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Guidebook data is XML, but can I store and access it locally?

In consideration of Dozuki for a medium sized electronics manufacturer, the major concern of interested parties is the fact that the content - ie the documents - is stored remotely and not necessarily exportable or editable unless via Dozuki. Should Dozuki or any supporting infrastructure suffer a major failure, the system and content is lost to us.

Is my understanding of this correct, or is there a way to store the documents locally and to edit and create final PDF files without the exclusive use of Dozuki's web based system?

To rephrase: How could we carry on maintaining documents if a major natural event wiped out connectivity to Dozuki?

In a similar vein, concern has been expressed over the loss of content if a third party purchased and closed or significantly increase subscription costs.

Hoping these concerns can be allayed?

Edit: So I have now read about oManual and the open XML standard used by Dozuki. My question now then is how exactly open is this - can I download the oManual format for each of my guides and edit and maintain using some system other than Dozuki?

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Great questions. I've got a few answers for you.

Is there a way to store the documents locally and to edit and create final PDF files without the exclusive use of Dozuki's web based system?

You can export all of your manuals as PDFs. But PDF is a view only format, and it would be great to be able to edit and author new manuals outside of Dozuki. We developed the oManual file format to solve this problem.

Can I download the oManual format for each of my guides and edit and maintain using some system other than Dozuki?

You can use any XML editing tool out there to edit oManual—there are a good number of options, including XMetaL and Oxygen.

Relative to other XML standards, oManual is new, and there aren't many options for working with it natively yet. We expect that to change as adoption increases. We're working with IEEE to get oManual adopted as an industry wide standard for documentation.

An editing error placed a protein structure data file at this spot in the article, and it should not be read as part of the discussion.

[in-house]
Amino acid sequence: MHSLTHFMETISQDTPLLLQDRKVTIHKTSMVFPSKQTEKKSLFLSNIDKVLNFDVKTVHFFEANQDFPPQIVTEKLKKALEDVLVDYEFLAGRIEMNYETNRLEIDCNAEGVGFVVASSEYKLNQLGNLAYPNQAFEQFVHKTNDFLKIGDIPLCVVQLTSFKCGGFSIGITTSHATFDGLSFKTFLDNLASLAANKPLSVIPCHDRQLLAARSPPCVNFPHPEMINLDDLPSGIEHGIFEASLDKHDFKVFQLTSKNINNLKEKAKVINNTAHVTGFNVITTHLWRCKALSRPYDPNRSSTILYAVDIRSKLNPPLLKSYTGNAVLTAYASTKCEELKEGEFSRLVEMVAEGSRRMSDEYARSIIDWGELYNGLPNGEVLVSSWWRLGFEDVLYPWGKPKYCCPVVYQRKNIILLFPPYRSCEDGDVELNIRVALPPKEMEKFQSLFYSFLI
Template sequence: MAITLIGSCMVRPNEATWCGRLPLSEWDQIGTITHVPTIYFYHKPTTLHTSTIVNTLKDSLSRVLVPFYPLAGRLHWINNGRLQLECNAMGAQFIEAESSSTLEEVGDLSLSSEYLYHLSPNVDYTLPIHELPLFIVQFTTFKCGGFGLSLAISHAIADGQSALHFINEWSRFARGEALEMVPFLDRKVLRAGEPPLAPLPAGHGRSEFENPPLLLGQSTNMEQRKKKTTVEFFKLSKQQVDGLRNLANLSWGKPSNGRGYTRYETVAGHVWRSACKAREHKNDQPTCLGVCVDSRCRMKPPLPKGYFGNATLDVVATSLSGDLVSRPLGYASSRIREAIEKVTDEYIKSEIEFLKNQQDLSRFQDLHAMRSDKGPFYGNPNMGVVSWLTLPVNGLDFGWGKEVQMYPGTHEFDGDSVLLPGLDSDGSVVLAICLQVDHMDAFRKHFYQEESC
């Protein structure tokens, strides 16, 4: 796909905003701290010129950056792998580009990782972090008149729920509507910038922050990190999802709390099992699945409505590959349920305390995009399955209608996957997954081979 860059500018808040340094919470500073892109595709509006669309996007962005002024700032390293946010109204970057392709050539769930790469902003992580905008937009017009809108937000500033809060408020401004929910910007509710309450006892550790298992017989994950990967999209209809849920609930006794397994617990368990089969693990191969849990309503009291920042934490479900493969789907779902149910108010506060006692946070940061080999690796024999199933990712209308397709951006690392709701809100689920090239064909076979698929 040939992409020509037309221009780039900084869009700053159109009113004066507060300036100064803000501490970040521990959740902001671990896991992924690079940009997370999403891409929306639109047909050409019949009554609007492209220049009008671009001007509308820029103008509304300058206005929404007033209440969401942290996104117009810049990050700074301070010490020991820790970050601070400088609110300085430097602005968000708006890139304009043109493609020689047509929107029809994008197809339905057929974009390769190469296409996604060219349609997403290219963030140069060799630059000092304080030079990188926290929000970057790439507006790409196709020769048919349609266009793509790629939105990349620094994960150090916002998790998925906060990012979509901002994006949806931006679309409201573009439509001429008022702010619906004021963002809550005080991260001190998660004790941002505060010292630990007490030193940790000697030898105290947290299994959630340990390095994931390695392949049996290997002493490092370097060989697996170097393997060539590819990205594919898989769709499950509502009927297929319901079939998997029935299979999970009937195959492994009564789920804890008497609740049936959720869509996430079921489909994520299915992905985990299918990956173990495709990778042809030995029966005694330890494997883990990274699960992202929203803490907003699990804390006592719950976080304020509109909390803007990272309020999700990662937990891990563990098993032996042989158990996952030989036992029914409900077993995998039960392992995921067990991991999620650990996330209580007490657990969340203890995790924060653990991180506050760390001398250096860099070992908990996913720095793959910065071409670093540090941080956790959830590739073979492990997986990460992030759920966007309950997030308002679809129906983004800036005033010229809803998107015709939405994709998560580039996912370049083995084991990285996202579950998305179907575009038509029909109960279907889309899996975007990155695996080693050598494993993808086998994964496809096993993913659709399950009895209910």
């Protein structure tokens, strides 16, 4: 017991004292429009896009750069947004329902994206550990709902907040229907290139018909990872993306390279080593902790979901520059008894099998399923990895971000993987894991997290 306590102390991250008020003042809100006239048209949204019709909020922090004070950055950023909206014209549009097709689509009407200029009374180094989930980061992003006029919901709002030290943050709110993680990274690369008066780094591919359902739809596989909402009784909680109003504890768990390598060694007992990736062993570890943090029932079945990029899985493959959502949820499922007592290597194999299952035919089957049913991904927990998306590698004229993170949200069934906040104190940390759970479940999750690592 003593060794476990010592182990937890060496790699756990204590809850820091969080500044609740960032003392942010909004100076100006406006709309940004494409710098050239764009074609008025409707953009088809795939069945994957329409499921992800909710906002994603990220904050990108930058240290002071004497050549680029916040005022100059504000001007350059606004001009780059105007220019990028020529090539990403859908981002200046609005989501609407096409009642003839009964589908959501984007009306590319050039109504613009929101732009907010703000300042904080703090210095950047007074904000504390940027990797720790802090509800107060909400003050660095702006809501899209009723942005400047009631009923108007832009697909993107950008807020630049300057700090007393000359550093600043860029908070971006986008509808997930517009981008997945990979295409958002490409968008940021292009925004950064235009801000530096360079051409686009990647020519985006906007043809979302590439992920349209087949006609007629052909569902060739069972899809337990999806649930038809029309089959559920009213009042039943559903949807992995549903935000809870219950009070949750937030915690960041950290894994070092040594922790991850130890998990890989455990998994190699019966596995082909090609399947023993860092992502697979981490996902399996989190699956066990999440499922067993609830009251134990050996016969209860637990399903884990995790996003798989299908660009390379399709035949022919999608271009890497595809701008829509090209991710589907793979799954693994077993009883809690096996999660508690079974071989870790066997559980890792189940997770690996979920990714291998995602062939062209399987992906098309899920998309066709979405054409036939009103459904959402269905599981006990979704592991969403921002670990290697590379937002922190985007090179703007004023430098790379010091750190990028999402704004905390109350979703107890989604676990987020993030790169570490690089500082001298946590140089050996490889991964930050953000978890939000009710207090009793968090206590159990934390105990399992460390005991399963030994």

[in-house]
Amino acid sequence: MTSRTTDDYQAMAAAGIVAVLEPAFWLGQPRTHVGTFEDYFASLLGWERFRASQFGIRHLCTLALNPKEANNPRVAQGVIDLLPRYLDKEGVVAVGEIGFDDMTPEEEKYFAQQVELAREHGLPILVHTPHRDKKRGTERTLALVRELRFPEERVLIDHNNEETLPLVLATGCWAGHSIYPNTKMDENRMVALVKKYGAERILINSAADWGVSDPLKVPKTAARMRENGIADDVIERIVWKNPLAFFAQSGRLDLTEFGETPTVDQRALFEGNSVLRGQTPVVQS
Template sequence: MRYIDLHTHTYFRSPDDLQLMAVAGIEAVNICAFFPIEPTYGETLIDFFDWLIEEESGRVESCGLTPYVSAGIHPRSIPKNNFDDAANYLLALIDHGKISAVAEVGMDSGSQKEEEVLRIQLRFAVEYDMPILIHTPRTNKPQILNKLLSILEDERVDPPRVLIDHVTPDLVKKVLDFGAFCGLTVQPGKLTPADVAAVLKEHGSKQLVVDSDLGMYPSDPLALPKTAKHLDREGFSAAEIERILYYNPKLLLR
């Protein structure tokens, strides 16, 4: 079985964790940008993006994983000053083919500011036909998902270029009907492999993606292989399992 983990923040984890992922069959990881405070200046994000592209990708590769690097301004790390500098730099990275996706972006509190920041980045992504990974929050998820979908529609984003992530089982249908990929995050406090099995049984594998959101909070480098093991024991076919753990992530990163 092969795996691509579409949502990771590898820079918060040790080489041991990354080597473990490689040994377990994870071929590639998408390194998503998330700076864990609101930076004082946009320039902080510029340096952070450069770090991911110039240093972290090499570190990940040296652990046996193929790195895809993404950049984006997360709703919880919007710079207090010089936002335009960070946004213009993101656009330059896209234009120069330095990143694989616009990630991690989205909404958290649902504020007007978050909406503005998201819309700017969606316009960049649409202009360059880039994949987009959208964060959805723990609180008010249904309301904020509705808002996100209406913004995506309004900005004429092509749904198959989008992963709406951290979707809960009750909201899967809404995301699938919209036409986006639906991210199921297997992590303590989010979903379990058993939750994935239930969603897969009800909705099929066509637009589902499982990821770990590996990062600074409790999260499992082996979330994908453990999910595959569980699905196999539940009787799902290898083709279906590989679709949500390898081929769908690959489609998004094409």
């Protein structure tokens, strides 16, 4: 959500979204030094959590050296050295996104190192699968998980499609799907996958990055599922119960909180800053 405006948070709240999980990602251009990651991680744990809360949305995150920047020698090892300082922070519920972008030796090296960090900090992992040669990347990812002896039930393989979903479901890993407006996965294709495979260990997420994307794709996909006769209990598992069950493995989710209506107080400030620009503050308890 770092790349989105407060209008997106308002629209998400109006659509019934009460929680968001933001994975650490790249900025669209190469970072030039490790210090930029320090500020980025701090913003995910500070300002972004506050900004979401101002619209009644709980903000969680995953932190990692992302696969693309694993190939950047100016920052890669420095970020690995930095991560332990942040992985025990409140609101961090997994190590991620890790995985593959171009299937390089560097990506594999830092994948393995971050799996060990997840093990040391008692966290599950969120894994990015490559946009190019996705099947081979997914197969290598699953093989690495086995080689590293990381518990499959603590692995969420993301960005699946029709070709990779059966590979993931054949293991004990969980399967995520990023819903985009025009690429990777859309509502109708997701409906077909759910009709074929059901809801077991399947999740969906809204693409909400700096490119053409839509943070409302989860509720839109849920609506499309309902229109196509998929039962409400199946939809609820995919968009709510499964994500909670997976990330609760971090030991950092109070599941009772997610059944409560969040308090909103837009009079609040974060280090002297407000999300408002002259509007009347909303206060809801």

The only apps available for oManual right now are our open source iOS and Android apps, and they're currently consumption-only (using the upcoming JSON version of oManual).

In the meantime, we are testing an XSLT conversion from oManual to DITA (using the Task topic, if you're a DITA geek), which will then allow export to any format DITA provides. (Which is just about everything, because if there's one thing DITA is good at, it's feature creep.)

In summary, here's the workflow:

  • oManual XML -> DITA XML -> PDF / HTML / Anything else your heart desires.

In a similar vein, concern has been expressed over the loss of content if a third party purchased and closed or significantly increase subscription costs.

You're absolutely spot-on to be concerned about that. The industry is full of companies who had a great service, got bought, and screwed their customers. The best assurance I can provide you is this: we've never taken venture capital or outside funding, and we have no intention of doing so.

We're completely self-funded, and we've been profitable for the last nine years. Our goal is to make modern manual publishing tools available to companies of all sizes, and we're going to have to keep our prices as low as they are to make that happen.

I plan to be running iFixit and Dozuki for another couple decades. I'm having too much fun to imagine doing anything else.

Here's another question I can imagine you're thinking:

Given the drawbacks above, why is Dozuki software-as-a-service?

  • Development speed — We deploy bug fixes to all of our customers on a daily basis, and new features almost weekly. We're able to react in real-time to security issues.
  • Economy of scale — The same system administrators that keep the world's largest repair manual fast and responsive are also maintaining your site.
  • Durability — We're able to deploy across many data centers. In fact, we have real time instances of our database in at least two separate data centers at all times. That level of redundancy is rare in most corporate IT environments. If you want more information, we're happy to provide you with our disaster preparedness plan.
  • These advantages and more are the driving factors that have caused many modern services to move to a service-based model. The monthly recurring revenue model also makes it more financially viable for smaller companies like us to cash-flow expensive investments in software development.

Let me also mention our data security and reliability. All of our servers are distributed throughout Amazon Web Service's secure infrastructure. Here's a quote from our security overview:

  • "Physical access to the servers is strictly controlled by a military-grade perimeter, professional security staff, intrusion detection systems, and video surveillance. Staff must pass two-factor authentication no fewer than three times to access the data center floor. All visitors and contractors are required to present identification while signing in, and are continually escorted by authorized staff."
  • "Our data is backed up several times per day, written to more than one server instantly, and stored in multiple locations."

I hope that allays your concerns. I'm happy to answer anything else you can throw at me! Or give us a call at +1-646-397-3624! We'd love to talk to you.

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